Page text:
Node.js continues to be a very successful and powerful cross platform technology for building apps that can run on anything from small IoT devices to large scale services that run in the cloud. We believe allowing more Node.js developers to target more platforms is key to its future growth. To do our part in growing the Node.js pie, last year we introduced support for Node.js with Chakra to extended the reach of Node.js and allowed developers to target a brand new platform called Windows 10 IoT Core. So far Node.js with Chakra has been actively updated and iterated upon at our own repository, with the intention to merge it with the mainline after stabilizing the code.

Today we hit that major milestone on our roadmap by submitting a pull request to Node.js mainline to enable Node.js to work with ChakraCore.

The recent open-sourcing of ChakraCore gives us the opportunity to develop in the open and align better with Node.js release schedules, in addition to expanding our support for Node.js across the broader Windows ecosystem – starting with Windows 7 SP1 and beyond. Here are some important things to know about this pull request.

Support for ChakraCore JS Engine

This pull request enables Node.js to optionally use the ChakraCore JavaScript engine. Chakra Shim, which is a layer on top of the ChakraCore JS Engine, enables building and running Node.js with ChakraCore. This shim implements the most essential V8 APIs so that the underlying JavaScript engine change is transparent to Node.js and other native addon modules written for V8. All that is needed is to rebuild Node.js executable and native addon modules with ChakraCore.

Architecture: Extending Node.js with ChakraCore

ChakraCore is a fully capable JavaScript virtual machine that has the same key characteristics that are supported by Chakra. You can learn more about ChakraCore in our blog post announcing the project. ChakraCore is independent from Windows 10 and is supported on Windows 7 SP1 and up. We are working on taking ChakraCore cross-platform, starting with Linux, as described at the ChakraCore roadmap. ChakraCore also has capabilities to turn off JIT compiler and specify thresholds for resource consumption, both of which significantly reduce the resource requirements and make it attractive for resource constrained hardware scenarios.

State of module compatibility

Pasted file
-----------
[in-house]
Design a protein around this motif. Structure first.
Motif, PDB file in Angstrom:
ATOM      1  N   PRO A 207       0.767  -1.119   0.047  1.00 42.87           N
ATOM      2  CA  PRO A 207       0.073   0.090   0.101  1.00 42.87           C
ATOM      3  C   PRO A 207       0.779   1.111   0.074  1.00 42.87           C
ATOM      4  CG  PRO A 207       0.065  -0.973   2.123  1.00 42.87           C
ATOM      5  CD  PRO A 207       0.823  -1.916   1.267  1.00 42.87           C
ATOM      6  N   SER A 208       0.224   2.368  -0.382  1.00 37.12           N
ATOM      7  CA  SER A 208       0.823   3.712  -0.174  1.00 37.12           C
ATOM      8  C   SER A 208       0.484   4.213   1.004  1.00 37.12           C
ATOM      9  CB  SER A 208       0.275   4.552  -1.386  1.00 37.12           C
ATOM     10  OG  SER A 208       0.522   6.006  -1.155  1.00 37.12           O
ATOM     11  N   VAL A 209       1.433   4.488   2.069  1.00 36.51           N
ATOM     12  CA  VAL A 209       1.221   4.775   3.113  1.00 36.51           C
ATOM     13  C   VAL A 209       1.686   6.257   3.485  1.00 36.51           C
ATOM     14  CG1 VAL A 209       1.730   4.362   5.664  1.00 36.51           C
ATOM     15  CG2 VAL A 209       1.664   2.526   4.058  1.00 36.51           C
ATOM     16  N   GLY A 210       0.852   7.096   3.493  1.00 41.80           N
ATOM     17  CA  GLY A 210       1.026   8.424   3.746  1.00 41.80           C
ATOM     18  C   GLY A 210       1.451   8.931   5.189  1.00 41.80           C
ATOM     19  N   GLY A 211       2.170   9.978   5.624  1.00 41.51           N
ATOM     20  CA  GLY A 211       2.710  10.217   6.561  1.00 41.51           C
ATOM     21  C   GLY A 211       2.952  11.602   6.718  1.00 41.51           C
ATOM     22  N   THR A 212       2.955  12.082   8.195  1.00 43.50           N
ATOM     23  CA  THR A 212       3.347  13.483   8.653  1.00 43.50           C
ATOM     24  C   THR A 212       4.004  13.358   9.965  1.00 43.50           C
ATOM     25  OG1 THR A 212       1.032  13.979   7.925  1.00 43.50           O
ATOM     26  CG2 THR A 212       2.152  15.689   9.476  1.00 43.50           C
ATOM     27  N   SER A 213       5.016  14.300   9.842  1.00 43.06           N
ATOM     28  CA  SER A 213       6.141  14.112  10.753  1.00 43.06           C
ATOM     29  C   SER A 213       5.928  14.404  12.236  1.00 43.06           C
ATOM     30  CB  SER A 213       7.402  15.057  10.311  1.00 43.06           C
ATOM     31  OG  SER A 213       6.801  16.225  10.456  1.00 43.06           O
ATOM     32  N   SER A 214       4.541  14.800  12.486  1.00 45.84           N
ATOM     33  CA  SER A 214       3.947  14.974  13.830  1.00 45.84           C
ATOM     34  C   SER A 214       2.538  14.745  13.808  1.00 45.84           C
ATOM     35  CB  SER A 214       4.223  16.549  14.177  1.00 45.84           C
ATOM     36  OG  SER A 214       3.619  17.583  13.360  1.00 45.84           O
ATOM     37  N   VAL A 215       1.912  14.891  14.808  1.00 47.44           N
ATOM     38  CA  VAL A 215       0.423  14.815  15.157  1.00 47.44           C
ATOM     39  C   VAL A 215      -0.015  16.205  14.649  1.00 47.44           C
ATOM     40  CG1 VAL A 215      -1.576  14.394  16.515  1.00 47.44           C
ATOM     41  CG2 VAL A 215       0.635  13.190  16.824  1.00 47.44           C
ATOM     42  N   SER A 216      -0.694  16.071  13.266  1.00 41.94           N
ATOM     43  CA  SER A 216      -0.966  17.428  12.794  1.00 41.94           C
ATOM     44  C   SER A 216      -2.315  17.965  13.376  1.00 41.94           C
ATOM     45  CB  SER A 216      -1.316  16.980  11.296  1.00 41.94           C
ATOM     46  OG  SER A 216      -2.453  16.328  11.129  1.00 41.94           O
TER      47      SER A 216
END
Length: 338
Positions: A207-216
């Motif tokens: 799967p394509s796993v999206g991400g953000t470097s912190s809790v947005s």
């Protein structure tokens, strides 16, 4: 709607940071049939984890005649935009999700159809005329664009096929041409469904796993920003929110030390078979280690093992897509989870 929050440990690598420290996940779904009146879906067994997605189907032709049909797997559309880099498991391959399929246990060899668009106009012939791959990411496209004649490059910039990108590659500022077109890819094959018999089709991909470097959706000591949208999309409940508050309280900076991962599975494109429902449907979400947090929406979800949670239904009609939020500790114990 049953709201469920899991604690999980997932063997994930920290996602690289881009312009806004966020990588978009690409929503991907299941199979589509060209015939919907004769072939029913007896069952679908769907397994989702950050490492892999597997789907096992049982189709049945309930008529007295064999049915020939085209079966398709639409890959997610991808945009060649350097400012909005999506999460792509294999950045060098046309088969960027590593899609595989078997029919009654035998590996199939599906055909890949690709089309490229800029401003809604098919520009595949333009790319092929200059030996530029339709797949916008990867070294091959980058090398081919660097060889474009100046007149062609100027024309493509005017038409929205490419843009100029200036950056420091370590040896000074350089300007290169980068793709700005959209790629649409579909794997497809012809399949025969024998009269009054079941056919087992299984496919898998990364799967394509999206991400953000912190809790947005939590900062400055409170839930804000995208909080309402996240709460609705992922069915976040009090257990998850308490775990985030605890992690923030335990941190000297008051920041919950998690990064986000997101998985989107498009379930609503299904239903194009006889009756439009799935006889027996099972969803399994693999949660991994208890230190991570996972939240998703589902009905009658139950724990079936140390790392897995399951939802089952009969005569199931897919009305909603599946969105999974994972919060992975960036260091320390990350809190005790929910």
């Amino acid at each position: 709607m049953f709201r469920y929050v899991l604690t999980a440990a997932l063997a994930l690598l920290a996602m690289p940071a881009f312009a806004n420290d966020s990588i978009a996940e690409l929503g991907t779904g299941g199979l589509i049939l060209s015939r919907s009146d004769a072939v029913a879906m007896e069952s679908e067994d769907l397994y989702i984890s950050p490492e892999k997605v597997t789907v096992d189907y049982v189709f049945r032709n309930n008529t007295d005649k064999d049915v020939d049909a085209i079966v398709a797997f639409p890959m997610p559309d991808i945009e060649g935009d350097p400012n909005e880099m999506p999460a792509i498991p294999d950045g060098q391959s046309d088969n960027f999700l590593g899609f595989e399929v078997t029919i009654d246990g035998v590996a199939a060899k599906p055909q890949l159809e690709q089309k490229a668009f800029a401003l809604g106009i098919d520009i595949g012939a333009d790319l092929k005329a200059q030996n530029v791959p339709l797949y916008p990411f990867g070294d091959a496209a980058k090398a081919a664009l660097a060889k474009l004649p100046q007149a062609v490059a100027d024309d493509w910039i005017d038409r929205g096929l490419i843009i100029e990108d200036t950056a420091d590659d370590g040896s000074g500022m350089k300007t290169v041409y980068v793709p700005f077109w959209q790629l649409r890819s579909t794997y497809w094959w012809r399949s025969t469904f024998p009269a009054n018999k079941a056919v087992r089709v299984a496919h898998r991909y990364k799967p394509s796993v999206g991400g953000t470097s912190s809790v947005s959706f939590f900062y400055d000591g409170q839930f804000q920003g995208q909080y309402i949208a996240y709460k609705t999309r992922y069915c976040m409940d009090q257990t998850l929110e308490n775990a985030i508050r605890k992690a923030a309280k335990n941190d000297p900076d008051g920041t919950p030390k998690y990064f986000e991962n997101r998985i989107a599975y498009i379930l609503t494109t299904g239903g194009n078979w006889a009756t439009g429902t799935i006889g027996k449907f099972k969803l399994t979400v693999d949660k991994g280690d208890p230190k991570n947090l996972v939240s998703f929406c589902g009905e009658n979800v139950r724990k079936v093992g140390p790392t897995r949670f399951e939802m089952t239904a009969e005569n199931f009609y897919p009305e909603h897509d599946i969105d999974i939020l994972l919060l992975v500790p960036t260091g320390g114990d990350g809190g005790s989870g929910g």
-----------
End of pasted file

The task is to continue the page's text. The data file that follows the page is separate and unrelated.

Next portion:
npm modules are critical to any Node.js project. The vast majority of npm modules are JavaScript-based and should continue to work well with ChakraCore. There is a small subset of modules that are natively bound to V8 APIs and can run into compatibility issues with a different VM or even a different version of V8. This is the reason why Native Abstractions for Node.js (NAN) was born to allow for better module compatibility.

We embraced this abstraction and ensured all NAN based modules are fully supported in Node.js with ChakraCore. We also intend to actively participate in the native module abstraction efforts by contributing our learnings, architectural ideas, prototypes etc. in the community working group. While the abstraction effort is long-term approach, on a shorter term we would love to hear from the community on our issues page if there are any key compatibility gaps still remaining. This will allow us to prioritize the modules that need to be made compatible.

Evaluating Performance

JavaScript engine performance is key to any successful Node.js application or service. It impacts not only the user experience but also impacts cost for compute resources. Historically, the Chakra team has focused on real world performance over benchmark performance. To evaluate this, we tested TypeScript compile times, as it represents a large JavaScript program that can give us an indication of underlying JavaScript engine performance in the Node.js environment. The chart below shows various TypeScript workloads, compiled using the TypeScript compiler with Node.js and Node.js with ChakraCore. ChakraCore shows 10% -30% better throughput on these tests.